How to Make a Bunkie Board
Making a bunkie board is a relatively simple project, especially if you're handy with a circular saw. If not, have the lumberyard cut the board to size.
Slat-style beds without box springs -- such as bunk beds and certain platform beds -- can be downright uncomfortable when paired with basic foam or other insubstantial or thin mattresses. A bunkie board remedies this discomfort. The fabric-wrapped plywood base provides just a little height and, more importantly, a bit more structure or a flat surface to eliminate the bumpy feel transferred by the slats. Also, the board reduces wear on the mattress caused by friction or rubbing that otherwise occurs between it and exposed slats.
Things You Will Need
- Tape measure
- 3/4-inch plywood
- Circular saw
- Plywood blade
- Medium-grit sandpaper
- Quilted upholstery-grade fabric
- Fabric-adhesive spray
- Staple gun and staples
Remove the mattress. Measure the bed frame area between the side and end rails occupied by the mattress. Subtract up to 2 inches from the width and length -- in other words, an inch from all four sides. This will be the bunkie board size; adjust it accordingly -- the shortened size allows room for the wraparound padded fabric that softens the bunkie board's edges and surface, making them less likely to puncture or damage the mattress. So, the thicker the padding, the smaller the board.
Cut the 3/4-inch plywood to the determined size, using a circular saw and carbide blade designed for plywood to avoid splintering. If your twin-sized bed or twin bunk-bed frames each measured 38 by 75 inches, for example, you may want to cut the board to 36.5 by 73.5 inches, allowing an inch and a half on each span for moderately thick upholstery-grade quilted fabric.
Abrade the board's edges and any roughness on the top and bottom sides, using medium-grit sandpaper. A power sander makes relatively quick, easy work of a large plywood-sanding project. If the wood is at least somewhat smooth, it's less likely to cause wear or come through the material over time.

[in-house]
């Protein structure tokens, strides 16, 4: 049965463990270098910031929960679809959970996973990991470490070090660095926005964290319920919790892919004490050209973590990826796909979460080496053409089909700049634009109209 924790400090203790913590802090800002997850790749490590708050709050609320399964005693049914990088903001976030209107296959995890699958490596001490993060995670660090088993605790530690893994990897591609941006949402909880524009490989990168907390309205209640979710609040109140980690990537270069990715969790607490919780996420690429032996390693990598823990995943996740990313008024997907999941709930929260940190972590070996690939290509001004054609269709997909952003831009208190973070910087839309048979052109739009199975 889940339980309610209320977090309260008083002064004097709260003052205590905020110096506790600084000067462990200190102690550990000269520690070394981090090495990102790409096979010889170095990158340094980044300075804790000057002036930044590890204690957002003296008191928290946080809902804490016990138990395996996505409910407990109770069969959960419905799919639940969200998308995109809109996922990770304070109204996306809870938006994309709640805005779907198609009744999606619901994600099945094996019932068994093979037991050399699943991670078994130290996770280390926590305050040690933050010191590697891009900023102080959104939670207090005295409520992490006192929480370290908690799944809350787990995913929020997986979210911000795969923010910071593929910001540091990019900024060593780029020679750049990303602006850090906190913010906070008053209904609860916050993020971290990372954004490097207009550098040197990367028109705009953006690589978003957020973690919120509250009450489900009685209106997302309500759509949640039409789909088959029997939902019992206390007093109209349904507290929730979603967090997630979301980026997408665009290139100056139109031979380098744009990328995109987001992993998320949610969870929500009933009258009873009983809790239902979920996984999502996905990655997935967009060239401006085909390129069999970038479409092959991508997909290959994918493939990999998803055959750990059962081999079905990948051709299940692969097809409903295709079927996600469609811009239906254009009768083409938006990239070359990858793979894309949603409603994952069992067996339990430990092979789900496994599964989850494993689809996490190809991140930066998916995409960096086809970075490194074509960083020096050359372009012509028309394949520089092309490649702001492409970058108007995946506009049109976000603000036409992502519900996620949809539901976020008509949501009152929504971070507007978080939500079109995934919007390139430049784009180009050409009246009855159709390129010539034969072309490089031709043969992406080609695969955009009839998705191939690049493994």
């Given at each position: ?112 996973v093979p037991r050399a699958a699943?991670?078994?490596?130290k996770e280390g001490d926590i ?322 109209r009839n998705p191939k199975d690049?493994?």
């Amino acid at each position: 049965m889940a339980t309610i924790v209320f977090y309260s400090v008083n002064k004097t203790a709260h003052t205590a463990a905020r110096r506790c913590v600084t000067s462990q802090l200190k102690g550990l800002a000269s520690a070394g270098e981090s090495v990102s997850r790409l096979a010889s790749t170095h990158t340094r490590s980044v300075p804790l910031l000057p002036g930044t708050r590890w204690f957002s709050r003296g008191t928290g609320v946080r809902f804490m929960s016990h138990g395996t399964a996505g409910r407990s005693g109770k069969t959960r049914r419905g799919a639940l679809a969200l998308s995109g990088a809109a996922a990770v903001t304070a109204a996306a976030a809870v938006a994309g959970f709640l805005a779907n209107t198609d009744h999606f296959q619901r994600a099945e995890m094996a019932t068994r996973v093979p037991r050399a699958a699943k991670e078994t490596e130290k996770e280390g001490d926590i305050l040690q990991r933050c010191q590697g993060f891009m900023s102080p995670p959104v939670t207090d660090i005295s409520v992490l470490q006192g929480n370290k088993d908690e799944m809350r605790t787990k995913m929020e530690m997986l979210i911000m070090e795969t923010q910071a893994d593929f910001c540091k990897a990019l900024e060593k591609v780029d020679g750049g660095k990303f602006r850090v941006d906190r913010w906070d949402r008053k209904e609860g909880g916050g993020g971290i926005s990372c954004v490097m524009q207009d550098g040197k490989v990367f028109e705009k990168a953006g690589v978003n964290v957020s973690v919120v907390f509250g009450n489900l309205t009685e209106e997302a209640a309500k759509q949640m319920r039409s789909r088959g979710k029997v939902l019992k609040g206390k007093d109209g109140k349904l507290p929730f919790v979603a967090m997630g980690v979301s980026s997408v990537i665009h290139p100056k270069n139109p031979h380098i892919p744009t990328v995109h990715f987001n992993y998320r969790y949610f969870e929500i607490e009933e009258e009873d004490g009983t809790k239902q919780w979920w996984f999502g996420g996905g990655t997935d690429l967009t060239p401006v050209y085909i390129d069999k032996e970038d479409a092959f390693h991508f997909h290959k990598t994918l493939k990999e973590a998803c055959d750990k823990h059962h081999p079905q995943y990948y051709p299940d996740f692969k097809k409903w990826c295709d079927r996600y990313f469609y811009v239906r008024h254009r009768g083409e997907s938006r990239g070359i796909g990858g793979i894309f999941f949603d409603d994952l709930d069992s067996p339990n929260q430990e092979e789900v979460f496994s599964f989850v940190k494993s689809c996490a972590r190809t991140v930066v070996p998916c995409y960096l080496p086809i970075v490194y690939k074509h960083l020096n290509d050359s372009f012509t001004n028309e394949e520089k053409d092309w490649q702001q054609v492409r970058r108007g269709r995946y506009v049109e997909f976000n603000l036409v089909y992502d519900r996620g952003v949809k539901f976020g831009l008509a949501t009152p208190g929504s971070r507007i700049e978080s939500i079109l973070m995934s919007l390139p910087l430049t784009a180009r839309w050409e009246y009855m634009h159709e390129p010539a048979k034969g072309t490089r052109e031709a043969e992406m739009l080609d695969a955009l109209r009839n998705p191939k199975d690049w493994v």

Spread out the quilted upholstery smoothly on the floor or other large work surface, wrong side up, if applicable. Cut two pieces -- one for the top and one for the bottom of the bunkie board, using scissors. Although the bottom one can measure the board's exact width and length, the top piece should be a few inches longer on each side to wrap around the plywood, overlapping the fabric on the bottom for stapling.
As an example, if you're making a full-sized bunkie board at 53 by 74 inches, cut the bottom fabric to this size, and the top piece to about 59 by 80 inches, leaving a few inches on each side for stretching around.
Spray the plywood's upward-facing side with fabric adhesive. Smooth the exact-fitting bottom upholstery or dust-cover over the board, centering it lengthwise and widthwise. Flip the plywood over. Spray the board's now-upward facing side with adhesive. Lay the slightly over-sized piece of fabric smoothly into place, centering as with the other side, and folding and stapling each corner.
Fold and staple the excess quilting onto the board rather than trimming it, to secure the overlapped edges and corners, and for a more padded finish.
Measure the Frame
Cut the Plywood
If you aren't comfortable using a circular saw, check with the lumberyard where you plan to get the plywood; often it can cut lumber to size for you, so have the measurements ready.
Sand It Smooth
Cut the Quilted Upholstery Fabric
To save money, use quilted fabric just on the top side of the bunkie board, and inexpensive dust-cover material on the bottom.
Apply the Glue
As with using any adhesive, open windows for ventilation, and refer to the warnings on the label for any other precautions.
Having someone help you apply the fabric is easier than doing it alone, especially if you're working with a king-size bunkie board.
Finish With Staples
The Drip Cap
- Slat-style beds without box springs -- such as bunk beds and certain platform beds -- can be downright uncomfortable when paired with basic foam or other insubstantial or thin mattresses.
- A bunkie board remedies this discomfort.
- The fabric-wrapped plywood base provides just a little height and, more importantly, a bit more structure or a flat surface to eliminate the bumpy feel transferred by the slats.
- If your twin-sized bed or twin bunk-bed frames each measured 38 by 75 inches, for example, you may want to cut the board to 36.5 by 73.5 inches, allowing an inch and a half on each span for moderately thick upholstery-grade quilted fabric.
- Spray the plywood's upward-facing side with fabric adhesive.
Lorna Hordos is a home-flipping business owner and freelance writer. She writes friendly, conversational business, home and lifestyle articles for Bizfluent, azcentral, Daltile, Marazzi, Lowes, Philips Lighting, WordPress.com and numerous other publications.